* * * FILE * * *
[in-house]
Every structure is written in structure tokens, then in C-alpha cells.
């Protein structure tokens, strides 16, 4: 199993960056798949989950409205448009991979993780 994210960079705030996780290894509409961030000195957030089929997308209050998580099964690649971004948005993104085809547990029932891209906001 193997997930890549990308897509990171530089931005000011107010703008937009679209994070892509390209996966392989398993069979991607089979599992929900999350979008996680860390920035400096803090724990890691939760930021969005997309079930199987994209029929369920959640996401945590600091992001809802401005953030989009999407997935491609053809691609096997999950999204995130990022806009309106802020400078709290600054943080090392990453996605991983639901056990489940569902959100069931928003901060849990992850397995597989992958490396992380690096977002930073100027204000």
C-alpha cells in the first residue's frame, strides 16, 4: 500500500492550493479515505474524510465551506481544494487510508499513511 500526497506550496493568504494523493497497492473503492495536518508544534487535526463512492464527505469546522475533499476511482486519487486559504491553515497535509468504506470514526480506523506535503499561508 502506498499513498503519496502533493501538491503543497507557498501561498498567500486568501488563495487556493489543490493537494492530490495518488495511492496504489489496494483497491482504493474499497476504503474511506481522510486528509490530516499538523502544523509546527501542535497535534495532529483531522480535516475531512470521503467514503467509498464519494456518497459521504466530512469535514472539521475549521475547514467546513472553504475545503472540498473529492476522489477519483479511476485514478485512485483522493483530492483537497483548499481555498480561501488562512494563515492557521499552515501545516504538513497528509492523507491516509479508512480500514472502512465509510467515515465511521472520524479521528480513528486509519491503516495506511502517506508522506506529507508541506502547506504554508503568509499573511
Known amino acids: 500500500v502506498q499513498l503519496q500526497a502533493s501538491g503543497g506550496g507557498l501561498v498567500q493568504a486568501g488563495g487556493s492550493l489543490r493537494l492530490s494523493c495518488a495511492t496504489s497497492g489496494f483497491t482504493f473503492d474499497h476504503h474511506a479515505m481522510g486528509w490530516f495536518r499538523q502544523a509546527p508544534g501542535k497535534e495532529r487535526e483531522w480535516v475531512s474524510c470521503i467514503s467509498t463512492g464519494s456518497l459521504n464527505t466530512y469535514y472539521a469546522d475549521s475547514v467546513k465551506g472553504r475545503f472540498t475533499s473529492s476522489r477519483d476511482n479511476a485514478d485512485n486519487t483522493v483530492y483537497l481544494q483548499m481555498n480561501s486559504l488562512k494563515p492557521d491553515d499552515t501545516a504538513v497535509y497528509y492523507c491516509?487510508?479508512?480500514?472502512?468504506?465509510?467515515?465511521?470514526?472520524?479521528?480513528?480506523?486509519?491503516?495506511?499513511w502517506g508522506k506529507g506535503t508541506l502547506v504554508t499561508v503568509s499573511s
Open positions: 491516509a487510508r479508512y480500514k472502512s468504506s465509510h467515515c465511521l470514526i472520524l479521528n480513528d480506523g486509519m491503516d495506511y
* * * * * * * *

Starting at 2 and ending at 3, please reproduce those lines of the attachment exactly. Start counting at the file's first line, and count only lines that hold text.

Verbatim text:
Every structure is written in structure tokens, then in C-alpha cells.
């Protein structure tokens, strides 16, 4: 199993960056798949989950409205448009991979993780 994210960079705030996780290894509409961030000195957030089929997308209050998580099964690649971004948005993104085809547990029932891209906001 193997997930890549990308897509990171530089931005000011107010703008937009679209994070892509390209996966392989398993069979991607089979599992929900999350979008996680860390920035400096803090724990890691939760930021969005997309079930199987994209029929369920959640996401945590600091992001809802401005953030989009999407997935491609053809691609096997999950999204995130990022806009309106802020400078709290600054943080090392990453996605991983639901056990489940569902959100069931928003901060849990992850397995597989992958490396992380690096977002930073100027204000």